About the Series

Richard Zorza, one of the founders and leaders of the access to justice (ATJ) movement, recently received the American Bar Association’s 2014 Louis M. Brown Award for Legal Access’ Lifetime Achievement Honor for decades of work on behalf of self-represented litigants. Not to be outdone, the Conference of Chief Justices and the Conference of State Court Administrators passed a Resolution of Recognition “express[ing] their deep appreciation to Richard Zorza for his thoughtful, unique, and dedicated service, loyal support and guidance, and for his unfailing commitment to improving the state courts of this nation, and the Conferences extend to him their best wishes for the future.”  Richard was at the Open Society Institute with Mark O’Brien and Michael Hertz when they formed Pro Bono Net, and had a profound influence on our founding and development. As we approach our 15th anniversary, we would like to extent our deepest gratitude and thanks for his tremendous guidance. I recently spoke with Richard, and we are excited to produce this four five-part installment from that discussion. Our third post covers future improvements for self-represented litigants. And of course, read more of Richard’s always fascinating thoughts on his Access to Justice blog.

Standing up for the Self-Represented

The origin story of the Self-Represented Litigants Network got me thinking about we can do today to assist pro se litigants. I asked Richard what changes would have the largest impact and he immediately identified three areas: simplification, triage, and universal access.

Beginning with simplification, Richard pointed out that the Federal Rules of Civil Procedure were written in the 1930s (or as he starkly put it – “before computers, but also before photocopiers and ballpoint pens!”). Most view the rules as apolitical or simply a structure to promote efficiency, but they produce definite winners and losers. For example, easy enforcement rules benefit the smaller and always-represented creditor class at the expense of the larger, often pro se debtor class. Thus, the rules have powerful effects on results and rule changes are fundamentally an access to justice project and a fundamental part of the ATJ movement.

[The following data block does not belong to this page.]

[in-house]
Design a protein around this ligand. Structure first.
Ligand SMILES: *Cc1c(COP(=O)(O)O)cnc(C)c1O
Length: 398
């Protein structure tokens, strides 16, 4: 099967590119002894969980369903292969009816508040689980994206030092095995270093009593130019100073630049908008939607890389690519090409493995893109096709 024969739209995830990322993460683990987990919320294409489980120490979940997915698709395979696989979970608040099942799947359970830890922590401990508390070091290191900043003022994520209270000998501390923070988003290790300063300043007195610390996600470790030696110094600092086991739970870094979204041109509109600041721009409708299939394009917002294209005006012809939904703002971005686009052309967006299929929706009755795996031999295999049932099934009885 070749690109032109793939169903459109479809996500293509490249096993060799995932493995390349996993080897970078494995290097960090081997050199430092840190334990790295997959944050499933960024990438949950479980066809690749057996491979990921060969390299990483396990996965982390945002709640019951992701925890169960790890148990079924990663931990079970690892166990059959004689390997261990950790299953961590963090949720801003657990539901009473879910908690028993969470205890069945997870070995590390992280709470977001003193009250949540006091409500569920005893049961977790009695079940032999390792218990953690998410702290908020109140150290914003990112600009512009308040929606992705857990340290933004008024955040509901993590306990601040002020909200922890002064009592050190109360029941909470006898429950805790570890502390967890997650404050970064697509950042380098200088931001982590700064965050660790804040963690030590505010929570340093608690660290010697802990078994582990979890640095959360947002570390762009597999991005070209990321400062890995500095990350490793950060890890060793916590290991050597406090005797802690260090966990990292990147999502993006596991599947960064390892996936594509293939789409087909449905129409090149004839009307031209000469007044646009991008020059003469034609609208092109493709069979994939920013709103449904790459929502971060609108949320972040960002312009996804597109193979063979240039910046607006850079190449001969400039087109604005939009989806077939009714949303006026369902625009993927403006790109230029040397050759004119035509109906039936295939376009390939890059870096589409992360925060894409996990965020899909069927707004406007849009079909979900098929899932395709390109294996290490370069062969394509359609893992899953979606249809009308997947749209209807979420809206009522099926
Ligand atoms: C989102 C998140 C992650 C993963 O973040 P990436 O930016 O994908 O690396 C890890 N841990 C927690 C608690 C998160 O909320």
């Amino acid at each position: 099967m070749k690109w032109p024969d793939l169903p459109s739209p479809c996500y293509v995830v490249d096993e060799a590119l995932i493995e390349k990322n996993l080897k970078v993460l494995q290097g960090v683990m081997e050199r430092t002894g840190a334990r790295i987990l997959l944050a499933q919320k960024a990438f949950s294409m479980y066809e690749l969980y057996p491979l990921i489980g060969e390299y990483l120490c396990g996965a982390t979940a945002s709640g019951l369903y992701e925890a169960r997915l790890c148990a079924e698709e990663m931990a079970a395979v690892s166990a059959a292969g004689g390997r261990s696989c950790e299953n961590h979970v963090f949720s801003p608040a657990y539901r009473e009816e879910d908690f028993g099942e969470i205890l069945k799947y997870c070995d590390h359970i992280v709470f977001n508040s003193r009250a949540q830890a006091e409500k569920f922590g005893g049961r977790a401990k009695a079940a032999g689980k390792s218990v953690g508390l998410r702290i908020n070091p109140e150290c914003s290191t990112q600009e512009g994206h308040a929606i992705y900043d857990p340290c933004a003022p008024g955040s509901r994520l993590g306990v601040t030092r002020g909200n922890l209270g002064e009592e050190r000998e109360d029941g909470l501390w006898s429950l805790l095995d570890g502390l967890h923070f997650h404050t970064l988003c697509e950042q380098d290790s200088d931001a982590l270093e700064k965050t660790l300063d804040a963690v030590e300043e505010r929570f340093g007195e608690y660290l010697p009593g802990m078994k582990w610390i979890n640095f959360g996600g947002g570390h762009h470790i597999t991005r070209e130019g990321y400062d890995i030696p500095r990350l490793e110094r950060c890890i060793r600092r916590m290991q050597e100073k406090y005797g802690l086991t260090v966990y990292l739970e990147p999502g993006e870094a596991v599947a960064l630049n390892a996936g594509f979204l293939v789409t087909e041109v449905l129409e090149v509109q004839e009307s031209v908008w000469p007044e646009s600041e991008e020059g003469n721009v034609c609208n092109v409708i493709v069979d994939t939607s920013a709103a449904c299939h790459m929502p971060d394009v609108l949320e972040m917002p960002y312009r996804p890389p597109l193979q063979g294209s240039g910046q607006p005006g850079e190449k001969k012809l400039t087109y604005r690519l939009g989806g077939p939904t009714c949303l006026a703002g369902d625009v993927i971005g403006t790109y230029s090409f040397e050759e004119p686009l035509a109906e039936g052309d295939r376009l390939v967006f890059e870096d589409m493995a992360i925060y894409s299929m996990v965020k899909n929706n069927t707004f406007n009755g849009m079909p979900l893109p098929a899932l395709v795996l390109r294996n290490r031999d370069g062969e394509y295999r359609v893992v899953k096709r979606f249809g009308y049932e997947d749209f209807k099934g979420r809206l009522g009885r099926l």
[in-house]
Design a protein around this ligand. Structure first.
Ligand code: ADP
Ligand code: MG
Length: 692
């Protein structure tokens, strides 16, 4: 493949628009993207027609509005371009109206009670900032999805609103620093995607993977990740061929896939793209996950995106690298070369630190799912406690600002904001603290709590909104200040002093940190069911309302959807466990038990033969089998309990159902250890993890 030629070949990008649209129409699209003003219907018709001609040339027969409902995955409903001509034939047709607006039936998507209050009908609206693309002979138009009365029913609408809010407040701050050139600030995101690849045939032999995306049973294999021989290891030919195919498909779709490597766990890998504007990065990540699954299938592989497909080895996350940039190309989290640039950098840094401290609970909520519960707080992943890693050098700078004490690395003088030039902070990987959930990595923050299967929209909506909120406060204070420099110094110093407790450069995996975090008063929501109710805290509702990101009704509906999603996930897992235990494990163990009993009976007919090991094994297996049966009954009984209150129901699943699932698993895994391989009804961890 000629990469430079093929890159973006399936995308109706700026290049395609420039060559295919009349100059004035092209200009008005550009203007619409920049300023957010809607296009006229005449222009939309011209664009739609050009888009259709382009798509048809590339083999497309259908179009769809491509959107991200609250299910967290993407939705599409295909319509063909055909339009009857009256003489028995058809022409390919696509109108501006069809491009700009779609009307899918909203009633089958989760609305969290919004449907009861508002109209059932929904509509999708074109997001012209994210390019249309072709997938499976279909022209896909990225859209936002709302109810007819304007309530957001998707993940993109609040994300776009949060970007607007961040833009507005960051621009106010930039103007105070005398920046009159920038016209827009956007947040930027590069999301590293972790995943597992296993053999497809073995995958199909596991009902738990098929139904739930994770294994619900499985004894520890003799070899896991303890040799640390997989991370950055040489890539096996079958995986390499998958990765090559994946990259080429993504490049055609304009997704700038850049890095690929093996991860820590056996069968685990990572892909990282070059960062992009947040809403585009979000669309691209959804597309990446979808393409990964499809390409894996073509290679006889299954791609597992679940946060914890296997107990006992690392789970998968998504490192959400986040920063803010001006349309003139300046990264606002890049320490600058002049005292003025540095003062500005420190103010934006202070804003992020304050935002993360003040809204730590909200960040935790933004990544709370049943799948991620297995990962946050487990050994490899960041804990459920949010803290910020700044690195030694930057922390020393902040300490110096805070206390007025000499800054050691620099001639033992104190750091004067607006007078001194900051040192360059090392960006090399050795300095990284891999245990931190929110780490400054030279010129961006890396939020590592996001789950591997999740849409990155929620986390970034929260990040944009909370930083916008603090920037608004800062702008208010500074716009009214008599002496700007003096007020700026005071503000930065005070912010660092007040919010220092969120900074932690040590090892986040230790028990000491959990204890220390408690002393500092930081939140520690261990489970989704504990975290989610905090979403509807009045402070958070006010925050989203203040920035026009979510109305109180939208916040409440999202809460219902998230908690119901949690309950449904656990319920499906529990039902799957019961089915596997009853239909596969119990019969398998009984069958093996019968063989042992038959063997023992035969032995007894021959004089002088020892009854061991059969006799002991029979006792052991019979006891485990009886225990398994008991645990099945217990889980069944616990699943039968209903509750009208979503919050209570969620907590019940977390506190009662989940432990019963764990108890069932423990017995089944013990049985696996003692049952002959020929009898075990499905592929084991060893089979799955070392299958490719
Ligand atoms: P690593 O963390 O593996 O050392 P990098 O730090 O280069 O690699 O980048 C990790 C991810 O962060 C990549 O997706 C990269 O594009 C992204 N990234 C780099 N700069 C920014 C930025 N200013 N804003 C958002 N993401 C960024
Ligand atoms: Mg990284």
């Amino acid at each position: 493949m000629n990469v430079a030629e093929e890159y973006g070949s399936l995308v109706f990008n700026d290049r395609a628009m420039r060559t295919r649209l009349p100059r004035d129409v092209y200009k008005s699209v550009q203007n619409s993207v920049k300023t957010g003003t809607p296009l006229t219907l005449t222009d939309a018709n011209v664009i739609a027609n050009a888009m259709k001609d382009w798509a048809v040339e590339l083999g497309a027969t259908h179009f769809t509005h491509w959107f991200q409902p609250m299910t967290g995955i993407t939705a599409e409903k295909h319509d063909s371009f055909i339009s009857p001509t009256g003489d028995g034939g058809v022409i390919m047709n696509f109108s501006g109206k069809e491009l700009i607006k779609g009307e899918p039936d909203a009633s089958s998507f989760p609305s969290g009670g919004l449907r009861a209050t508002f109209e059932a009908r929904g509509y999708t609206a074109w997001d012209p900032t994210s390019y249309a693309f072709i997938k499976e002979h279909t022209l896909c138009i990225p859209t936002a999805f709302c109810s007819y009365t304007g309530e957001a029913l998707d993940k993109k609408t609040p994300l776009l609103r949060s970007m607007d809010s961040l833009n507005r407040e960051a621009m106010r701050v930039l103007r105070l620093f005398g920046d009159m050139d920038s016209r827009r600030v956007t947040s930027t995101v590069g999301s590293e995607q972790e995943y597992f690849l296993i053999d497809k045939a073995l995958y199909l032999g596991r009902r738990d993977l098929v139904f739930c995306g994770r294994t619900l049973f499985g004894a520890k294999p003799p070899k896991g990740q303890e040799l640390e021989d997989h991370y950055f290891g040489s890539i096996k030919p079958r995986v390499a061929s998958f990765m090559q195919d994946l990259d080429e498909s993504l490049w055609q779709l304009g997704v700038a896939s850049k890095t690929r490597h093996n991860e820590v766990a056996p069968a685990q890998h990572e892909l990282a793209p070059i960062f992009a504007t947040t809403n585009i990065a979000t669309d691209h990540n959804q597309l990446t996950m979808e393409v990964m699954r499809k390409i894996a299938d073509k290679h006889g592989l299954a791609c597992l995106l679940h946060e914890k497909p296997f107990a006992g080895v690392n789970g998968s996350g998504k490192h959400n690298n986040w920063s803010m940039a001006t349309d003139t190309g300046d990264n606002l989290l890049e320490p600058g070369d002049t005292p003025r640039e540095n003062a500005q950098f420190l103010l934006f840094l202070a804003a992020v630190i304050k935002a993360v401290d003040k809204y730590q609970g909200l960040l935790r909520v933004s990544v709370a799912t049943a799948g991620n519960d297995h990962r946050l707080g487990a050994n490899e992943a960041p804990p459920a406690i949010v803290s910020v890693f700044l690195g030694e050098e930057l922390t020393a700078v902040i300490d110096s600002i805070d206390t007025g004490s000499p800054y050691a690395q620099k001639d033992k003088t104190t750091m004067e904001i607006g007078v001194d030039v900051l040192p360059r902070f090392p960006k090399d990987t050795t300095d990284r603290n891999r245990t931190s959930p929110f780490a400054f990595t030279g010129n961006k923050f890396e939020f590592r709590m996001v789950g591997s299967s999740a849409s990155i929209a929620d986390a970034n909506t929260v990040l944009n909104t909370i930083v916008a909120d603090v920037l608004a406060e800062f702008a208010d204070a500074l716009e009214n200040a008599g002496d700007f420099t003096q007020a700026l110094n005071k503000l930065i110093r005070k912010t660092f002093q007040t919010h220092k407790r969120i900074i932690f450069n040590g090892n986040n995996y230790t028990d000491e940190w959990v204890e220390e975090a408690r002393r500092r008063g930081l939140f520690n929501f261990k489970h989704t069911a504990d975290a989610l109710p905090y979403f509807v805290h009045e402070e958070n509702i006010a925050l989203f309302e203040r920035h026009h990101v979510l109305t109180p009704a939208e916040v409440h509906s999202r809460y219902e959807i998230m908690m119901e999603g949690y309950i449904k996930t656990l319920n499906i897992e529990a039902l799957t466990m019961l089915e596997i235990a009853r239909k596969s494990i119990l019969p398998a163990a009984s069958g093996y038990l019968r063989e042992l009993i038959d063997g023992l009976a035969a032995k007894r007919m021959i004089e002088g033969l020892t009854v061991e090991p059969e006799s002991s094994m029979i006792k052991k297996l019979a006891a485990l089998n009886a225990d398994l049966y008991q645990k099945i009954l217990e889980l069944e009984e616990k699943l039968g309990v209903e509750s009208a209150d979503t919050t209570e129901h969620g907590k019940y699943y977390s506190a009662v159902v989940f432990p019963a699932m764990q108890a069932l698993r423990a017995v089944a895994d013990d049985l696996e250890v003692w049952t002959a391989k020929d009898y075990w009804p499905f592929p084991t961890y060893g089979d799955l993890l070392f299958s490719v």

The case for better triage is simple: effective resource utilization requires effective resource allocation. As Richard says, we will not have 100% access to justice until there is a system that effectively gets resources to those who need them, especially unrepresented litigants who need counsel or self-help resources. A more rational and efficient system does not mean one that is 100% fair, but rather one that is better than the status quo. We cannot let the perfect be the enemy of the good – the fact that we cannot create a completely fair triage system is not an impediment to developing better and more equitable systems.

Richard’s final point is a crucial, and oft under-reported, one: the ATJ movement must be about 100% access to justice for all, not about 100% access to justice for a subset of the population. About 20% of Americans qualify for free legal assistance (though only 4% are able to access it), but that leaves a wide swath of people that cannot afford legal representation and must appear pro se. The movement has to help these people as well. Richard stressed that technology can help address this gap. Legal tech is often developed via funding for low-income assistance, but the completed technology can then be deployed to help everyone. There is no marginal cost to extending technology beyond the low-income population to the middle class and, thus, it can be leveraged to make dramatic differences in the lives of millions of Americans who represent themselves in court every year.

So ends this post, but come back next week for the Episode VI of our series which will cover Richard’s thoughts on the successes, failures, and future of the Access to Justice Movement.